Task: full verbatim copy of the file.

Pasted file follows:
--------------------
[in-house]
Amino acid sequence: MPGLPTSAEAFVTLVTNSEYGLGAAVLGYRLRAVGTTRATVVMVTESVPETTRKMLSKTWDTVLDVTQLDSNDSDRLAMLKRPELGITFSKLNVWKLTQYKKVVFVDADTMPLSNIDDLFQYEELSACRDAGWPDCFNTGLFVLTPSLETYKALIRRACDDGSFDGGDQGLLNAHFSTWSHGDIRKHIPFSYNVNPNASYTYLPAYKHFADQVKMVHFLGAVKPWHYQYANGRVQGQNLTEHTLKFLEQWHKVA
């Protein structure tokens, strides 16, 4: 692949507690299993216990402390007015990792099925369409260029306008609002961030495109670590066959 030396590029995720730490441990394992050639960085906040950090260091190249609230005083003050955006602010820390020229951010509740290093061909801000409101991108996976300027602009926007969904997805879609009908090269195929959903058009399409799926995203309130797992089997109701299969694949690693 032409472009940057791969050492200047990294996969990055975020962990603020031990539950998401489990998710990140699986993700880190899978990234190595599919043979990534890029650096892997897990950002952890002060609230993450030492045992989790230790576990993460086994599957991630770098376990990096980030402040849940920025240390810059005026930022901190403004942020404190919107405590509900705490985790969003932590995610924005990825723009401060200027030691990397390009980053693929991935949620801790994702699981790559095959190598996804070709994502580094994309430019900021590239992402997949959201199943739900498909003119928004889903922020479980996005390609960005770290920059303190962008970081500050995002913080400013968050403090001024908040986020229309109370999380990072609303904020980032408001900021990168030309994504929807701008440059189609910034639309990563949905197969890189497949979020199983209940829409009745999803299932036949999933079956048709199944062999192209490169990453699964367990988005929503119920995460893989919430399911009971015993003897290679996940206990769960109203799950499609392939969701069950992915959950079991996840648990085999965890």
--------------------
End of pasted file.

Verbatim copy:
[in-house]
Amino acid sequence: MPGLPTSAEAFVTLVTNSEYGLGAAVLGYRLRAVGTTRATVVMVTESVPETTRKMLSKTWDTVLDVTQLDSNDSDRLAMLKRPELGITFSKLNVWKLTQYKKVVFVDADTMPLSNIDDLFQYEELSACRDAGWPDCFNTGLFVLTPSLETYKALIRRACDDGSFDGGDQGLLNAHFSTWSHGDIRKHIPFSYNVNPNASYTYLPAYKHFADQVKMVHFLGAVKPWHYQYANGRVQGQNLTEHTLKFLEQWHKVA
């Protein structure tokens, strides 16, 4: 692949507690299993216990402390007015990792099925369409260029306008609002961030495109670590066959 030396590029995720730490441990394992050639960085906040950090260091190249609230005083003050955006602010820390020229951010509740290093061909801000409101991108996976300027602009926007969904997805879609009908090269195929959903058009399409799926995203309130797992089997109701299969694949690693 032409472009940057791969050492200047990294996969990055975020962990603020031990539950998401489990998710990140699986993700880190899978990234190595599919043979990534890029650096892997897990950002952890002060609230993450030492045992989790230790576990993460086994599957991630770098376990990096980030402040849940920025240390810059005026930022901190403004942020404190919107405590509900705490985790969003932590995610924005990825723009401060200027030691990397390009980053693929991935949620801790994702699981790559095959190598996804070709994502580094994309430019900021590239992402997949959201199943739900498909003119928004889903922020479980996005390609960005770290920059303190962008970081500050995002913080400013968050403090001024908040986020229309109370999380990072609303904020980032408001900021990168030309994504929807701008440059189609910034639309990563949905197969890189497949979020199983209940829409009745999803299932036949999933079956048709199944062999192209490169990453699964367990988005929503119920995460893989919430399911009971015993003897290679996940206990769960109203799950499609392939969701069950992915959950079991996840648990085999965890």